Tuesday, August 19, 2008

Earth’s Seven Sisters are out this Week

Earth’s Seven Sisters are out this Week
by Dave Adalian

All seven of Sol’s other planets are out this week, and with a little luck and patience earthbound planet hunters will be able to collect them all.

Tonight (Aug. 21, 2008) is the night to be lucky -- and careful -- to find the first target. Saturn follows the sun over the western horizon about 30 minutes after sunset, making it a difficult target for the naked eye.

Because it’s bright, Saturn should turn up in the reddened western sky glow. For safety sake, start searching for the ringed planet only after Sol’s disk has completely disappeared. This is especially true when using binoculars: Viewing the sun through optics will cause vision loss.

If Saturn won’t cooperate tonight, Friday and Saturday are also possibilities, but chances of seeing the sixth planet grow slimmer each night.

After the search for Saturn, finding Venus and Mercury will be a breeze. (Well, easier anyway, but because they’re so low the search might still require the aid of binoculars.)

The innermost planets are in close conjunction for the next few days, and can be seen together above and to the left of where the sun met the horizon at sunset. The pair may also help locate elusive Saturn: it will be between the pairing of the first and second planets and the sun.

Follow that imaginary line connecting Sol, Saturn, Mercury and Venus -- the ecliptic -- further up and to the left to find ruddy Mars. The Red Planet is now so far away it’s little more than a reddish pinpoint, but like all the planets it doesn’t twinkle. Again, binoculars will help.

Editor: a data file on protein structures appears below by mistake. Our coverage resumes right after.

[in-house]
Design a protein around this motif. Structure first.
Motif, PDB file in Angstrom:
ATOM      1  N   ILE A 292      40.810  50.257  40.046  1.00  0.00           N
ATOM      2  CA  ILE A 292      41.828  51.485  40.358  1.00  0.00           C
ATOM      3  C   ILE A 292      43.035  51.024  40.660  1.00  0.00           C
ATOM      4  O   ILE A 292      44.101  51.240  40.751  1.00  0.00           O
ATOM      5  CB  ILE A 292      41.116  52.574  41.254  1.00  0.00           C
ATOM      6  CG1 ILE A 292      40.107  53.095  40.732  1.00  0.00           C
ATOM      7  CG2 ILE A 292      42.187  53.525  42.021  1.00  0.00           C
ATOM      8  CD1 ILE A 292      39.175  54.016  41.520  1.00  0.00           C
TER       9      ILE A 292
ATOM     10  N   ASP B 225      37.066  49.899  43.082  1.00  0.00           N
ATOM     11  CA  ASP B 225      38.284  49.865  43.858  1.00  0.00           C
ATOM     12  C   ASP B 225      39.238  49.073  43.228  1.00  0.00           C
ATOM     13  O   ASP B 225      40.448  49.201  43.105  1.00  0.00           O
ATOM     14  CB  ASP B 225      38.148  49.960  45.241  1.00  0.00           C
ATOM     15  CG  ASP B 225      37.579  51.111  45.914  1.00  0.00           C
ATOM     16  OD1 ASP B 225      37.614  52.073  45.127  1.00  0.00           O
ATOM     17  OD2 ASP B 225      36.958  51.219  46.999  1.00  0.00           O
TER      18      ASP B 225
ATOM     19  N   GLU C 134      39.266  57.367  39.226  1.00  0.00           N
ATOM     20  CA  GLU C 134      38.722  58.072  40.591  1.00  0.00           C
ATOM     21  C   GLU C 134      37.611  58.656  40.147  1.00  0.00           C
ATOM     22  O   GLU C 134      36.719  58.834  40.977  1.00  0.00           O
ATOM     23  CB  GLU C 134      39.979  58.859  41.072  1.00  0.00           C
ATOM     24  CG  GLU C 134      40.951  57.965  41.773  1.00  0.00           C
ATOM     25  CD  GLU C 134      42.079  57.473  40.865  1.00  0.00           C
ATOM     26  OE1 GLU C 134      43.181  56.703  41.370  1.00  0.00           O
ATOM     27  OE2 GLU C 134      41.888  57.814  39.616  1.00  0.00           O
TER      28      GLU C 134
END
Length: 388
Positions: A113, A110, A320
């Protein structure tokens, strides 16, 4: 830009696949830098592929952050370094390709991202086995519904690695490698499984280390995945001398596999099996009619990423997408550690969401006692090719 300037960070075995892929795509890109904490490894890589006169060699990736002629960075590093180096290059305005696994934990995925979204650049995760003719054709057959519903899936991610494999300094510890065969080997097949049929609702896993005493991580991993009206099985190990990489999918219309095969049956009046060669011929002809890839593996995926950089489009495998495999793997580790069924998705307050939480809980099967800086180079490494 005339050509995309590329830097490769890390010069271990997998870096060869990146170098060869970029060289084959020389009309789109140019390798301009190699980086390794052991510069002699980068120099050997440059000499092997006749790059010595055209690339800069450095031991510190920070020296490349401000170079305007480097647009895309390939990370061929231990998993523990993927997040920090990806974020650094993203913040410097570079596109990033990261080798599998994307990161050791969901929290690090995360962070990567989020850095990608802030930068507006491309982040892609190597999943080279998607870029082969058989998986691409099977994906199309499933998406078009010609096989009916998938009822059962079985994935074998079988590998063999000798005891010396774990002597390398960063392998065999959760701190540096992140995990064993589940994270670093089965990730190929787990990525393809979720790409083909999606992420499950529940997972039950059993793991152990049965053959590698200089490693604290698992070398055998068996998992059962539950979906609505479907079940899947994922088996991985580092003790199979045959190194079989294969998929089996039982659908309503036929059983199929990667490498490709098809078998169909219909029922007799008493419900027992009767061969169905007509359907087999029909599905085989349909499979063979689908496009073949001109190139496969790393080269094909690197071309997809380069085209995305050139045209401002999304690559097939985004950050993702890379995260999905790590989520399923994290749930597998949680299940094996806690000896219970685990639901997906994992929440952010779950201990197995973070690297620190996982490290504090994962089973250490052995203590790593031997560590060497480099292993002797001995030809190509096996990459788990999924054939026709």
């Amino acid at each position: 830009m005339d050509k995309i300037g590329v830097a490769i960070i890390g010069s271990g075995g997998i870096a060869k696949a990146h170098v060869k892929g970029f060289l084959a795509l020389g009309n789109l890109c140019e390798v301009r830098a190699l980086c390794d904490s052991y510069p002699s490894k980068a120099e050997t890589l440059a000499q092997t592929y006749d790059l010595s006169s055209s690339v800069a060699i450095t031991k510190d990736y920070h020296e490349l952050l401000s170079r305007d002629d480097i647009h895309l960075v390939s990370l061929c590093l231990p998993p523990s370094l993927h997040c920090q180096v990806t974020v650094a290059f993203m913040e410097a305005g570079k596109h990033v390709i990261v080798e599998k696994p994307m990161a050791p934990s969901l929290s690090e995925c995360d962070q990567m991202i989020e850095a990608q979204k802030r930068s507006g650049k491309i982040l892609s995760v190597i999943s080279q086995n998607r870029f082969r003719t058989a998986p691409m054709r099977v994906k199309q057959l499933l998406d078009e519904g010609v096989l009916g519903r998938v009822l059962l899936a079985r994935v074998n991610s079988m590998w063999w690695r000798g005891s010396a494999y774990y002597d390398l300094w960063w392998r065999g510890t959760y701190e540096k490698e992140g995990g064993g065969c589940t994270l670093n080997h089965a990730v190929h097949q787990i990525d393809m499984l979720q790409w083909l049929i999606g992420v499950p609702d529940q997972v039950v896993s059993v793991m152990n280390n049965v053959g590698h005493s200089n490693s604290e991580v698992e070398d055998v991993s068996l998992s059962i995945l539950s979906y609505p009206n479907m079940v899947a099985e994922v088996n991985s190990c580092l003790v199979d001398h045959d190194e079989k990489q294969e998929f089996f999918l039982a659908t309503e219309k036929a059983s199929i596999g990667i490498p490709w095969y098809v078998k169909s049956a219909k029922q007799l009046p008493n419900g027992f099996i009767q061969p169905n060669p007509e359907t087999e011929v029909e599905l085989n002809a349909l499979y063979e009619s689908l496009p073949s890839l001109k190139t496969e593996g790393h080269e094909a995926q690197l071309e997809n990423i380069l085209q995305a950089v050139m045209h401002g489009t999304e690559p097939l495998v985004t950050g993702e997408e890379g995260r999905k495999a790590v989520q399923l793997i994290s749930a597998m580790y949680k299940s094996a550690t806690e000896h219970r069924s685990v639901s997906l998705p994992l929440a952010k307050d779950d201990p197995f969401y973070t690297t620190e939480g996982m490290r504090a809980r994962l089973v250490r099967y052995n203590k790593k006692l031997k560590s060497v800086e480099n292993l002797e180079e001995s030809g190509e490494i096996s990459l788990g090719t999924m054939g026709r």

King Jupiter is impossible to miss, shining bright in the south on the shoulder of Sagittarius the Archer after sundown. The only reason for binoculars here is to search for the planet’s larger moons.

Binoculars will be a must to find Neptune, the eighth planet out. Look for Neptune’s tiny blue-green disk about halfway up the sky due south at 30 minutes after midnight tonight. After Pluto’s demotion, Neptune is now the farthest planet out.

Closer in but farther out along the ecliptic at present is the seventh and final planet, Uranus. It will be due south about 2 a.m., and can be seen with the naked eye. Because Uranus is at the edge of the eye’s range, binoculars will help you locate it. A finder chart will make finding both Uranus and Neptune much easier.


This column was originally intended for publication in the Visalia (Calif.) Times-Delta and Tulare (Calif.) Advance-Register in August 2008. For some reason that didn't happen. I don't know why. So, I wrote them another one, which is the next post after this.

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